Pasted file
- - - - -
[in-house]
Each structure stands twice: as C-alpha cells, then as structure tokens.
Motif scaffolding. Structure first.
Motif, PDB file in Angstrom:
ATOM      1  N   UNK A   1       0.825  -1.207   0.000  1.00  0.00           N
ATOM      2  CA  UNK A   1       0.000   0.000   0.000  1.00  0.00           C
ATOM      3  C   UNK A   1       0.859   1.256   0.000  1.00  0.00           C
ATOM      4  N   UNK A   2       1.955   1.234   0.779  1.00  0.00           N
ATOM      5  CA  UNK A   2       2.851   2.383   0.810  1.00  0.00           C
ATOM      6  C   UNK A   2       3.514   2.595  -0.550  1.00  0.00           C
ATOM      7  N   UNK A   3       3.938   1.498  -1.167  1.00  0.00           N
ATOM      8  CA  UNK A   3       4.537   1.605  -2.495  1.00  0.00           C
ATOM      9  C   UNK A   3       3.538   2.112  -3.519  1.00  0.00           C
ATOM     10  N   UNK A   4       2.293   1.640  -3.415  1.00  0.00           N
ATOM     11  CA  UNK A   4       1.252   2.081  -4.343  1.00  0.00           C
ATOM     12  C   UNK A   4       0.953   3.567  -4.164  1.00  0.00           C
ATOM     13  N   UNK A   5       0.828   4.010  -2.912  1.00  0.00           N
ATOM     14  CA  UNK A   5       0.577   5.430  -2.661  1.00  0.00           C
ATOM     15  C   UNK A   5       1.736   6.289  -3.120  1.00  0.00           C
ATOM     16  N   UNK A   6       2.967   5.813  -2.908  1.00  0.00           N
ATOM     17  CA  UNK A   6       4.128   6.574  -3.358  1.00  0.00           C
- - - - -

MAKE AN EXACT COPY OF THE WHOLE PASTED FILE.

[in-house]
Each structure stands twice: as C-alpha cells, then as structure tokens.
Motif scaffolding. Structure first.
Motif, PDB file in Angstrom:
ATOM      1  N   UNK A   1       0.825  -1.207   0.000  1.00  0.00           N
ATOM      2  CA  UNK A   1       0.000   0.000   0.000  1.00  0.00           C
ATOM      3  C   UNK A   1       0.859   1.256   0.000  1.00  0.00           C
ATOM      4  N   UNK A   2       1.955   1.234   0.779  1.00  0.00           N
ATOM      5  CA  UNK A   2       2.851   2.383   0.810  1.00  0.00           C
ATOM      6  C   UNK A   2       3.514   2.595  -0.550  1.00  0.00           C
ATOM      7  N   UNK A   3       3.938   1.498  -1.167  1.00  0.00           N
ATOM      8  CA  UNK A   3       4.537   1.605  -2.495  1.00  0.00           C
ATOM      9  C   UNK A   3       3.538   2.112  -3.519  1.00  0.00           C
ATOM     10  N   UNK A   4       2.293   1.640  -3.415  1.00  0.00           N
ATOM     11  CA  UNK A   4       1.252   2.081  -4.343  1.00  0.00           C
ATOM     12  C   UNK A   4       0.953   3.567  -4.164  1.00  0.00           C
ATOM     13  N   UNK A   5       0.828   4.010  -2.912  1.00  0.00           N
ATOM     14  CA  UNK A   5       0.577   5.430  -2.661  1.00  0.00           C
ATOM     15  C   UNK A   5       1.736   6.289  -3.120  1.00  0.00           C
ATOM     16  N   UNK A   6       2.967   5.813  -2.908  1.00  0.00           N
ATOM     17  CA  UNK A   6       4.128   6.574  -3.358  1.00  0.00           C